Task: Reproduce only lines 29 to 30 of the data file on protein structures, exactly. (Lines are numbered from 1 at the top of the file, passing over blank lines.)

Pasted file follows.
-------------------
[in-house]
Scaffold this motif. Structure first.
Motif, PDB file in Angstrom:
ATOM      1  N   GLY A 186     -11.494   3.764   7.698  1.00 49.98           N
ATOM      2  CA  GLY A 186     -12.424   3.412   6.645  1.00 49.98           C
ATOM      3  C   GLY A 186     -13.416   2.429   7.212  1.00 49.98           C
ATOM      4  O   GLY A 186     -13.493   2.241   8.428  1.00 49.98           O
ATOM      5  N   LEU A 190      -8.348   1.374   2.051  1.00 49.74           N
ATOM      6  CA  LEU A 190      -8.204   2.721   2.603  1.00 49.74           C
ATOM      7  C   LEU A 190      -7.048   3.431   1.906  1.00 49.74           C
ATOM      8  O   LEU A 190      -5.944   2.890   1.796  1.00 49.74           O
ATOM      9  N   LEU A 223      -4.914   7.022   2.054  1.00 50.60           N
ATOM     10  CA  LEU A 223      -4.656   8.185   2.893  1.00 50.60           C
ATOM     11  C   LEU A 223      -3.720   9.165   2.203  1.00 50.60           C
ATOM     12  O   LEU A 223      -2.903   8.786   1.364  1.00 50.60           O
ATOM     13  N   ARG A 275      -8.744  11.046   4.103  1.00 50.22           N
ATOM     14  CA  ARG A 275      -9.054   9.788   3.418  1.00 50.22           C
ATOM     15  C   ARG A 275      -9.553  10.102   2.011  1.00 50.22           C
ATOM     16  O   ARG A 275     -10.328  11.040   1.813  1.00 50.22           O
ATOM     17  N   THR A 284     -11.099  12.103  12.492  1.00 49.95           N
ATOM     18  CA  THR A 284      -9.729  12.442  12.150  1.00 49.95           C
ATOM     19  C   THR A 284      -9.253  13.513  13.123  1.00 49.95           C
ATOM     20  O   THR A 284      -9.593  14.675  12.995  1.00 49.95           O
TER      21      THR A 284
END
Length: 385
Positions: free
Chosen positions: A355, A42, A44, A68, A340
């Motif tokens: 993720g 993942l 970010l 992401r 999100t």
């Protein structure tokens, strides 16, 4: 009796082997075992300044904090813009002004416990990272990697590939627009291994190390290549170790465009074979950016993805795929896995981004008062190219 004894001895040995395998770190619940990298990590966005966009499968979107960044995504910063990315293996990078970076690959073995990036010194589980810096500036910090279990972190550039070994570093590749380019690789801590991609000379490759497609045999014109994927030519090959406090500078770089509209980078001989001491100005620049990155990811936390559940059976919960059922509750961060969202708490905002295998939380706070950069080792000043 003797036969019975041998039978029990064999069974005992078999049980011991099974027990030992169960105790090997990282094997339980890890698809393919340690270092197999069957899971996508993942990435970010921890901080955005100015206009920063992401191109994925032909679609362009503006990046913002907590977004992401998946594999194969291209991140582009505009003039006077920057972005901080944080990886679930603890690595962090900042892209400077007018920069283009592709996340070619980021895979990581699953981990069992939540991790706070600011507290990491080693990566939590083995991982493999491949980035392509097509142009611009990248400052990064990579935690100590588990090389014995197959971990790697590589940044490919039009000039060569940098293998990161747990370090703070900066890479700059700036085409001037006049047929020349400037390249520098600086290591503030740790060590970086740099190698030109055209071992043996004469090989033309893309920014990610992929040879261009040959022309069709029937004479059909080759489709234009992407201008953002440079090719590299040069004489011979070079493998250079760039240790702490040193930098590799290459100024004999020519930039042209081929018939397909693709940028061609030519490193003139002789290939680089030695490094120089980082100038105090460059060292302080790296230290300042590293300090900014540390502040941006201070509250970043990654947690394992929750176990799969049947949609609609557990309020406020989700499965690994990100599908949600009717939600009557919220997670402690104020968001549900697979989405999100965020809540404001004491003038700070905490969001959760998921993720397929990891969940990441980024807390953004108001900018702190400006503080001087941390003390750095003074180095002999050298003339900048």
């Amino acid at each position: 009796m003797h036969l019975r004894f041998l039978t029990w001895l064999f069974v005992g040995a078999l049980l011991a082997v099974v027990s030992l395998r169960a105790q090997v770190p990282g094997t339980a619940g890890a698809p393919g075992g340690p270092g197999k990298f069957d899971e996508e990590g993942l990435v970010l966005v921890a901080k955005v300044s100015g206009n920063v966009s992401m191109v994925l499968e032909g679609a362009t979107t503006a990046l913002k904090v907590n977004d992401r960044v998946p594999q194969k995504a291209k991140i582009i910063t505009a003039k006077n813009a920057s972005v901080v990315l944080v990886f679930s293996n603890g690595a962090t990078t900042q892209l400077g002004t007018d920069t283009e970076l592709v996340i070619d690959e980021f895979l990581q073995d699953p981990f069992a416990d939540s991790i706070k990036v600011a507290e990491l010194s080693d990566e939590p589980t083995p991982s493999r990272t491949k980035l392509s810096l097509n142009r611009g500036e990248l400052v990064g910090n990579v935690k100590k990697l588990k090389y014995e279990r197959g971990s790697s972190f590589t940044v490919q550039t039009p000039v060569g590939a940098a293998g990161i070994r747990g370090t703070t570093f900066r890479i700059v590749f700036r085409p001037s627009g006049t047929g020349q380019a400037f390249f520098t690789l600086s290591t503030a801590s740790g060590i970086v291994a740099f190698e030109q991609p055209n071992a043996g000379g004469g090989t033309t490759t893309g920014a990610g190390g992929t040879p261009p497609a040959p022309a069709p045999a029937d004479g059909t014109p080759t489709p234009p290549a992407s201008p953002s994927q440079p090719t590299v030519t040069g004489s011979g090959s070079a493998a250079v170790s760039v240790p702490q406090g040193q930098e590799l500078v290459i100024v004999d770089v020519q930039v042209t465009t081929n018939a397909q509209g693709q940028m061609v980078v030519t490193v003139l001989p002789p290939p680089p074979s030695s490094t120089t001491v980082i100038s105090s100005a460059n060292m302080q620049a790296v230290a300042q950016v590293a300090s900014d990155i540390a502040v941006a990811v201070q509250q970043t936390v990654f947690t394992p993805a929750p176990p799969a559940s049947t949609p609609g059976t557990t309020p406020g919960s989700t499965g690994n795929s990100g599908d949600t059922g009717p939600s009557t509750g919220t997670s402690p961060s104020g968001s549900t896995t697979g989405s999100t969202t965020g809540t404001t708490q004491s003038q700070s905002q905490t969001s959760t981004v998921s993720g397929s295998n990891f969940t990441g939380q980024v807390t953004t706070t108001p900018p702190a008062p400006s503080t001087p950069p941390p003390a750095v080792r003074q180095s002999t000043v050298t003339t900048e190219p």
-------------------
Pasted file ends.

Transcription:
């Motif tokens: 993720g 993942l 970010l 992401r 999100t």
């Protein structure tokens, strides 16, 4: 009796082997075992300044904090813009002004416990990272990697590939627009291994190390290549170790465009074979950016993805795929896995981004008062190219 004894001895040995395998770190619940990298990590966005966009499968979107960044995504910063990315293996990078970076690959073995990036010194589980810096500036910090279990972190550039070994570093590749380019690789801590991609000379490759497609045999014109994927030519090959406090500078770089509209980078001989001491100005620049990155990811936390559940059976919960059922509750961060969202708490905002295998939380706070950069080792000043 003797036969019975041998039978029990064999069974005992078999049980011991099974027990030992169960105790090997990282094997339980890890698809393919340690270092197999069957899971996508993942990435970010921890901080955005100015206009920063992401191109994925032909679609362009503006990046913002907590977004992401998946594999194969291209991140582009505009003039006077920057972005901080944080990886679930603890690595962090900042892209400077007018920069283009592709996340070619980021895979990581699953981990069992939540991790706070600011507290990491080693990566939590083995991982493999491949980035392509097509142009611009990248400052990064990579935690100590588990090389014995197959971990790697590589940044490919039009000039060569940098293998990161747990370090703070900066890479700059700036085409001037006049047929020349400037390249520098600086290591503030740790060590970086740099190698030109055209071992043996004469090989033309893309920014990610992929040879261009040959022309069709029937004479059909080759489709234009992407201008953002440079090719590299040069004489011979070079493998250079760039240790702490040193930098590799290459100024004999020519930039042209081929018939397909693709940028061609030519490193003139002789290939680089030695490094120089980082100038105090460059060292302080790296230290300042590293300090900014540390502040941006201070509250970043990654947690394992929750176990799969049947949609609609557990309020406020989700499965690994990100599908949600009717939600009557919220997670402690104020968001549900697979989405999100965020809540404001004491003038700070905490969001959760998921993720397929990891969940990441980024807390953004108001900018702190400006503080001087941390003390750095003074180095002999050298003339900048």